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TODAY'S OTHER NEWS

A missed opportunity ‘to provide support to individual landlords’

Chancellor Rishi Sunak’s new 'Job Support Scheme', unveiled last week, has been welcomed by millions of workers across the country, but the initiative in its existing form fails to provide a much needed boost to help landlords facing financial hardship. 

Research by YouGov for the National Residential Landlords Association (NRLA) shows that the total rental income lost by private landlords with properties in England as a result of Covid-19 could be as high as £437m. 

The study found that almost a fifth of landlords have lost up to half of their usual rental income, and that is why the government’s Winter Economy Plan must go beyond the measures announced to subsidise wages, according to David Alexander, joint managing director of Apropos. 

He commented: “The chancellor has missed a golden opportunity to provide support to individual landlords in this country at a time when many of them are experiencing severe financial hardship.

“These ‘invisible’ people, who own one or two properties and rental is often their sole source of income, make up the majority of landlords in the UK and they are facing extremely difficult times.

“If these individuals are not supported then the risk is that they will exit the private rented sector in large numbers which will cause enormous problems for tenants in the coming year. Supporting this vital group within the renting sector is essential and must be addressed immediately.”

Alexander continued “Larger companies and investor groups involved in the PRS have rightly been financially supported through various government loans, schemes and grants but many smaller landlords don’t have their business structured in a way to benefit from this backing.

“Therefore, there are thousands of landlords who have been unable to access any financial support in the first six months of the pandemic and now face a further six months without any government help.”

  • George Dawes

    Missed entirely on purpose

  • Neil Moores

    I agree with George Dawes.
    Tenants not paying rent but not being evicted saves the government loads of money.. If the tenants were evicted that would be a different kettle of fish as the local authorities would have to scramble around for emergency housing and the costs that go with that.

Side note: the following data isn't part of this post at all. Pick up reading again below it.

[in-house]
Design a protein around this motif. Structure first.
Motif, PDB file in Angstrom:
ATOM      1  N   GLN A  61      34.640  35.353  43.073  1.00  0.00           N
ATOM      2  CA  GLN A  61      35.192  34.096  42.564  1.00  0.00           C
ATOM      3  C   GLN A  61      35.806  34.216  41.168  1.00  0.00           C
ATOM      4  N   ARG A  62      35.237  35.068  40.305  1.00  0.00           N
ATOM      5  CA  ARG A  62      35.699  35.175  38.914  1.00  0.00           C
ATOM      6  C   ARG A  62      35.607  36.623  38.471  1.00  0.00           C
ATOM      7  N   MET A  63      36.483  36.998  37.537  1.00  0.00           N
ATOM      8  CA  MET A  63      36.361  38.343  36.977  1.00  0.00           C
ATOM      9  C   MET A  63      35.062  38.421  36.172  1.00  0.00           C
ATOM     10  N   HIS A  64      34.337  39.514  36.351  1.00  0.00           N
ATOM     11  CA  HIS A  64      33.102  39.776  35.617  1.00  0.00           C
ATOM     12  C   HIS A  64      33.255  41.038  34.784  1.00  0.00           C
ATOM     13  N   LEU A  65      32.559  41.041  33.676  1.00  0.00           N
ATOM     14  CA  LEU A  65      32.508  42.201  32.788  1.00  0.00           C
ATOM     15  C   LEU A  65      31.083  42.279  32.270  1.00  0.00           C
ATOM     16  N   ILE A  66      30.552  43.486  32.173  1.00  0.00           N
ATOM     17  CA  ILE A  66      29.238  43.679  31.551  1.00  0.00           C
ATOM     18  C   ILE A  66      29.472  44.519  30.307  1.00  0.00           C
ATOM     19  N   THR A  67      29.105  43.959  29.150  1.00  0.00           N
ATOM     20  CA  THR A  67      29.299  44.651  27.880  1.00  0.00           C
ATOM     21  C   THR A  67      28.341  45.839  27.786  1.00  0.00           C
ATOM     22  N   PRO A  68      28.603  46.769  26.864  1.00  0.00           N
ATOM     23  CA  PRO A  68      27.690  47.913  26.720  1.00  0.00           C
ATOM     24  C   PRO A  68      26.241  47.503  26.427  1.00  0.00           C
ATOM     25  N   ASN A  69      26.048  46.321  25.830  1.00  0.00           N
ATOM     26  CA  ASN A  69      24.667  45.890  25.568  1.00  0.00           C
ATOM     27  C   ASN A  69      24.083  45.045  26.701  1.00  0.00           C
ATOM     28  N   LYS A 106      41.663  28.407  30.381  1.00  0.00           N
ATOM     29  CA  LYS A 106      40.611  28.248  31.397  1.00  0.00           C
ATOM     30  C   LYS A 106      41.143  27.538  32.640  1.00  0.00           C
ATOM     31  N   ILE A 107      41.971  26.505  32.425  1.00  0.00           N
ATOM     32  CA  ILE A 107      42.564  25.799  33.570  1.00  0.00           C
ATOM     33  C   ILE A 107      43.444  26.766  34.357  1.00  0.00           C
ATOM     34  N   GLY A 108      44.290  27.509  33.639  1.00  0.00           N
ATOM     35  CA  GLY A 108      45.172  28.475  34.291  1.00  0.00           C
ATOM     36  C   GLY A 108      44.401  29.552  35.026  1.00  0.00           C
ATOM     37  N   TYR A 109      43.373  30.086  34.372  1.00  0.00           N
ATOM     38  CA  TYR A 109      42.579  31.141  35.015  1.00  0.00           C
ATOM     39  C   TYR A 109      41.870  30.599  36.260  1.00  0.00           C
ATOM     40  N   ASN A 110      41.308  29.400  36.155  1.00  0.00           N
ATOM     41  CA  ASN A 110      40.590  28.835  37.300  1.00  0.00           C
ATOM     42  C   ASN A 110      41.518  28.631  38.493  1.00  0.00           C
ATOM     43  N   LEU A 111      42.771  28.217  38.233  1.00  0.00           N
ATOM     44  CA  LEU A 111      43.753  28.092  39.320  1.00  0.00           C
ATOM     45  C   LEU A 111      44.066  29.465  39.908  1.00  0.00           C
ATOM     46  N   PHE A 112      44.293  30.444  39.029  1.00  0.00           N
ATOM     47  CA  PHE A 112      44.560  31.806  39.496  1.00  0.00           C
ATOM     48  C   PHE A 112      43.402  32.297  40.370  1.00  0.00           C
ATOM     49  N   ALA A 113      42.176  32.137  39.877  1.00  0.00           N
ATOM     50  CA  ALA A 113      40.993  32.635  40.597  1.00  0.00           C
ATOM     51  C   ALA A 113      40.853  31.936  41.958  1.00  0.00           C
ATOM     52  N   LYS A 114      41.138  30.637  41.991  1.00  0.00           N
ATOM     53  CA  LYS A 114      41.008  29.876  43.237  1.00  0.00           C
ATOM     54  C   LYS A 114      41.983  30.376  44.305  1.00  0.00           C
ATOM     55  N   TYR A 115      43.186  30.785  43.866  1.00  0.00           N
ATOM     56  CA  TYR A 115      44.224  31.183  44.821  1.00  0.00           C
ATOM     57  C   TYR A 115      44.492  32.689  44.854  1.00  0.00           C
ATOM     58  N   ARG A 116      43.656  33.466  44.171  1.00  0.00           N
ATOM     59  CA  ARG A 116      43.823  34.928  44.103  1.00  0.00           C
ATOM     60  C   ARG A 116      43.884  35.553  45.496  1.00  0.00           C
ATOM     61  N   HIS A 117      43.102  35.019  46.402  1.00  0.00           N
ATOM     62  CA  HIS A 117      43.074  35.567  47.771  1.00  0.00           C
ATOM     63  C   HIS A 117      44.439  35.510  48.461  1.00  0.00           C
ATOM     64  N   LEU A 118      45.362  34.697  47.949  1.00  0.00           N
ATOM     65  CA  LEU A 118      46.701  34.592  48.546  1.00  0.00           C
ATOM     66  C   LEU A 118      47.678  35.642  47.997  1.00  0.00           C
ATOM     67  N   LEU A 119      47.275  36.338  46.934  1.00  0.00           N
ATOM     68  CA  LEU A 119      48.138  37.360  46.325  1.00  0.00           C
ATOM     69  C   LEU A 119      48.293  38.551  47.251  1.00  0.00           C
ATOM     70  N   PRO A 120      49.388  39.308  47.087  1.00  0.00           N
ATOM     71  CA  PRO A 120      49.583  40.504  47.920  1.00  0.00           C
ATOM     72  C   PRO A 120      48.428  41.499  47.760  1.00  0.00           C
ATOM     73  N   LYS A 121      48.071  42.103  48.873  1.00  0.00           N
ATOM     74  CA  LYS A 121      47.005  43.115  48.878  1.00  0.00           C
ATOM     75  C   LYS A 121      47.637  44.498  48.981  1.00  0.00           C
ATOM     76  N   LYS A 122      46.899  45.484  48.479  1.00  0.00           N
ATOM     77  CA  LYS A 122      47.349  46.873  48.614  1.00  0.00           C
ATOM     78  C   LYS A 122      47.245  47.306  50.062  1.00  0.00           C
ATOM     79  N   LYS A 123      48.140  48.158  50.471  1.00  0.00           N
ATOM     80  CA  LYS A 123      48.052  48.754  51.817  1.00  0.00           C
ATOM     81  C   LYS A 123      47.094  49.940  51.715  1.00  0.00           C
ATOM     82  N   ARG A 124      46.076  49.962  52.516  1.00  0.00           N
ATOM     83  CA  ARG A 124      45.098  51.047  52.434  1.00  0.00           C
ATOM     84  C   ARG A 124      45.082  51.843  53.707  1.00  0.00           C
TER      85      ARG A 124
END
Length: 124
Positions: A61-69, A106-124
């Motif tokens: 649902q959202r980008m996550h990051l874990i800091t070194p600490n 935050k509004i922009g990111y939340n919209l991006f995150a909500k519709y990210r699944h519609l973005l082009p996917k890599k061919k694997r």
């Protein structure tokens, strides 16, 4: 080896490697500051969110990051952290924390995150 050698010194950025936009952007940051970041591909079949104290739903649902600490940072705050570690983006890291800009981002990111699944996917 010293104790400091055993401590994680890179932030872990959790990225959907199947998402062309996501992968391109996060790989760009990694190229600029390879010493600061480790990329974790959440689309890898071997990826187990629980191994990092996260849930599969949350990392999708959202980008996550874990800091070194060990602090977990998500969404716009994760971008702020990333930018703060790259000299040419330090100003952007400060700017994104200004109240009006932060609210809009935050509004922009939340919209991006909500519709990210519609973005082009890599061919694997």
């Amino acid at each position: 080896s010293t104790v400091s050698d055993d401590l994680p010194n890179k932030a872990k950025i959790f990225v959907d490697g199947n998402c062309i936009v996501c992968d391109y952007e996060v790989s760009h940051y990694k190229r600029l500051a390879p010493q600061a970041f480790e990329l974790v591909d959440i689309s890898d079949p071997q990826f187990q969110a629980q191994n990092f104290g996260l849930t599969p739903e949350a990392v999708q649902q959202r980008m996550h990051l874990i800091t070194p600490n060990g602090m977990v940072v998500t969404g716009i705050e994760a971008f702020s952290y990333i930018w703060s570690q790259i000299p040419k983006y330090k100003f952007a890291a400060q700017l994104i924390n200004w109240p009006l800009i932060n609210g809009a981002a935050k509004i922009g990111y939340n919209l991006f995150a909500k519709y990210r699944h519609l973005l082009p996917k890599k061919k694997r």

In the medium term the super wealthy and big business can pick up the scraps, ready for the future. Not all the scraps though, so there will definitely, in the long term, be a much reduced supply of rental property.

    Paul Barrett

    I do wonder whether the big corporates want the penny packet properties owned by most LL.

    They will surely prefer to buy up apartment blocks

    I can't see how the corporates will get hold of these properties.

    Just can't see them going on the open market to buy up individual properties.
    I reckon any properties being sold by LL will be bought by those escaping cities

    But certainly a total loss to the PRS.

     
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    George is entirely correct, all they are doing is kicking the can down the road and passing on the problem which won't go away. Shameful.

  • icon

    Landlords biggest problem is not the Gov its Landlords !

    The Gov does what the Gov does & Landlords just moan & put up with it - No Choice.

    There are 2.6M Landlords in the UK (Hamptons Int.) Yet the biggest Landlord body, the NRLA, has just 80k members, so when they they try to lobby the Gov they are up against Tenant bodies who claim to support Millions of Renters - who do you think the Gov listens to?

    Yes the Gov are killing Landlords BUT they are well & truly aided by Landlord Apathy :(

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